## PROBLEM LINKS:

**Author:** Praveen Dhinwa

**Primary Tester:** Hasan Jaddouh

**Editorialist:** Aulene De

## DIFFICULTY:

Easy

## PREREQUISITES:

Plotting points on a 2d-grid

## PROBLEM:

Given the starting and ending points of two snakes, determine if the two snakes form a connected component without having a vertex with degree greater than 2 at any point.

Let x11, y11, x12, y12 define the starting and ending points for the first sighting. Similarly, let x21, y21, x22, y22 define the same for the second sighting.

## QUICK EXPLANATION:

All solutions lie under the following conditions -

- Same X-coordinates across all 4 points, overlapping Y-coordinates
- Same Y-coordinates across all 4 points, overlapping X-coordinates
- Overlapping end-points

## EXPLANATION:

We start by sorting the points of each snake sighting by their X-coordinate and breaking ties with their Y-coordinates.

After that, we try to think of cases where our answer can be true. This part is probably where the problem gets a little easier: remember that little condition we put up there, the one that said “The degree of a vertex should not be greater than 2”? Well, that condition makes this problem simple, as senpai will show you now.

Now, why is this little condition so important? Well, try to think of some cases where this condition is false and plot them on a paper. Come on now, think!

Notice something? Well, if we do plot them on a graph, we can clearly see that the

case where the degree of a vertex is greater than three is when the two snake sightings are perpendicular to each other… something like this.

Right, so if the two snake sightings are perpendicular to each other and intersect at some vertex… the degree of that vertex will be 3. However, can we think of a case where the degree is 2?

Here’s a hint: What if the sightings are perpendicular to each other at the end-points?

Well, we do get a common vertex, but the degree is 2! Got it right? Awesome. Take this virtual chocolate chip cookie.

Okay, now what? Well, there is another case where the conditions given in the statement are fulfilled. What if both of the sightings are parallel to each other and have (an) overlapping vertex/vertices? Something like… this?

Notice something? There’s no vertex with a degree greater than 2, and all conditions for our graph to be valid are fulfilled.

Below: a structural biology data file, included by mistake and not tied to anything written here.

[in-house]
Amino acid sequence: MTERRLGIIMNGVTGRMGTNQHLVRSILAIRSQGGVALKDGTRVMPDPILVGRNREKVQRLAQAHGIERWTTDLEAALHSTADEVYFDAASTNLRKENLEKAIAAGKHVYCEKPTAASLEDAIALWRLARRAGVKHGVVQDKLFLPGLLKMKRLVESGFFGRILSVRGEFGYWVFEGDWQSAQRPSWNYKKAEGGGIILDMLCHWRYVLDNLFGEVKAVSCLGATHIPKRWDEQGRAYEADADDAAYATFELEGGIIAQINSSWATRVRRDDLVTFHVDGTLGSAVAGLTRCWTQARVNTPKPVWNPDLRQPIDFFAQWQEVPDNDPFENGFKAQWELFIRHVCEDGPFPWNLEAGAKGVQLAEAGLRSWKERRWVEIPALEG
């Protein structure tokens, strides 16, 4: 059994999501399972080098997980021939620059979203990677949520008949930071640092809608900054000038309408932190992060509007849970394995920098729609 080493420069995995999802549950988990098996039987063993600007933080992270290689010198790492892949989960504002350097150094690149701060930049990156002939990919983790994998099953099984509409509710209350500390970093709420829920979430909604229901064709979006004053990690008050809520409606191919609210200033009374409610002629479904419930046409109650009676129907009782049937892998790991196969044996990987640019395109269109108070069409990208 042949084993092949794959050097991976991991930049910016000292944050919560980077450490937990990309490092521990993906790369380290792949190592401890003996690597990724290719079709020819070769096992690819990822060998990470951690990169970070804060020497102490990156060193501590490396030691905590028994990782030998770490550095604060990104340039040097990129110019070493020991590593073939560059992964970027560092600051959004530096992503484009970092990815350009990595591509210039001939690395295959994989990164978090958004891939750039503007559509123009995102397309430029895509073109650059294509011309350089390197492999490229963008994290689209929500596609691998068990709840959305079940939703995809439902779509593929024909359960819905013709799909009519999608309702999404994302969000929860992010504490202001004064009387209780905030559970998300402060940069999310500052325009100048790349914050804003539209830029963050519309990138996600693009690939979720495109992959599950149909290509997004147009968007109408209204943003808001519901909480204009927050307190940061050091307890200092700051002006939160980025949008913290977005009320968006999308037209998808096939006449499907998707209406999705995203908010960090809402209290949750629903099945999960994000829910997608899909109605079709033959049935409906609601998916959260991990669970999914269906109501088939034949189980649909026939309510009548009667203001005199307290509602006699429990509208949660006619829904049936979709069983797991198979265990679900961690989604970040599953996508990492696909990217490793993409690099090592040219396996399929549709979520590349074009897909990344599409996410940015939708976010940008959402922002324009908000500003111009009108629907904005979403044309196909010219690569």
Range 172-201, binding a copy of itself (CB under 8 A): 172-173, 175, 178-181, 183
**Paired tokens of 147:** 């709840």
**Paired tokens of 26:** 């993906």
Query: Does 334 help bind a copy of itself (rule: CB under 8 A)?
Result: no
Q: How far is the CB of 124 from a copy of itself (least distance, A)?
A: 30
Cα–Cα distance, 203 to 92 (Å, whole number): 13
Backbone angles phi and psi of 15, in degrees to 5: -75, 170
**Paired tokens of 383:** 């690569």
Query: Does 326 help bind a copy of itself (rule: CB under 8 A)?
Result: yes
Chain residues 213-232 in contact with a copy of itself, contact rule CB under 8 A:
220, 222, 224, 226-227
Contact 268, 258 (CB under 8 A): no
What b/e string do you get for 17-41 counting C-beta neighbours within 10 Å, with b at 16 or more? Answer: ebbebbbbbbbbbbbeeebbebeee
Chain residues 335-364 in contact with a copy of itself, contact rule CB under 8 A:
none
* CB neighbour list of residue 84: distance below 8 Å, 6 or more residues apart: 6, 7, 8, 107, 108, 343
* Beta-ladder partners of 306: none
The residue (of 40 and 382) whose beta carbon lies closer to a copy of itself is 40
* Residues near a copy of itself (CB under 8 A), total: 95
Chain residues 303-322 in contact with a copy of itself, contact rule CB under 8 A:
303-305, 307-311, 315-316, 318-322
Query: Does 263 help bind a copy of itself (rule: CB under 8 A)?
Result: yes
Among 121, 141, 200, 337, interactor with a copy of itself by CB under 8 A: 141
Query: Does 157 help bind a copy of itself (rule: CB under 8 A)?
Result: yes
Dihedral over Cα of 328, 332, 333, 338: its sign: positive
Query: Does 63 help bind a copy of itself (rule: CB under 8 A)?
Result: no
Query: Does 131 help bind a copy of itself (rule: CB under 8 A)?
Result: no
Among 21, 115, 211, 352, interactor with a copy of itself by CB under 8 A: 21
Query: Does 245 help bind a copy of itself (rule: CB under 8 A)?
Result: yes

Well, turns out, if there is an overlapping X-coordinate when the Y-coordinates of all points are the same, our solution is valid!

Could we use this to find another case? What if all 4 points have the same X-coordinates?

In this case, we just need to check if there are overlapping Y-coordinates. Outside of these 3, there will be no sightings that fulfil the conditions required for our graph to be valid.

Thus, to summarize, we have established 3 conditions under which all our possible solutions lie -

- Same X-coordinates across all 4 points, overlapping Y-coordinates
- Same Y-coordinates across all 4 points, overlapping X-coordinates
- Overlapping end-points

**PS:** Notice something? All three of the images I used were directly from the problem statement’s sample test data. A lot of the time, since problem-setters are very mischievous, they leave little tid-bits for you to munch on. Always be on the look-out for these.

## PSEUDOCODE:

```
if y11 == y12 && x21 == x22
if x12 == x21 && (y11 == y21 || y11 == y22)
ans = 1
if x11 == x21 && (y11 == y21 || y11 == y22)
ans = 1
if y21 == y22 && x11 == x12
if x22 == x11 && (y21 == y11 || y21 == y12)
ans = 1
if x21 == x11 && (y21 == y11 || y21 == y12)
ans = 1
//Case 3: Row is the same (overlaps)
if y11 == y12 == y21== y22
if |x12 - x11| + |x21 - x22| + 2 > max ( |x22 - x11| , |x21 - x12| ) + 1
ans = 1
//Case 4: Column is the same (overlaps)
if x11 == x12 == x21 == x22
if |y12 - y11| + |y21 - y22| + 2 > max ( |y22 - y11|, |y21 - y12| ) + 1
ans = 1
```

## SOLUTIONS:

Editorialist’s solution - https://pastebin.com/GkRsLWFz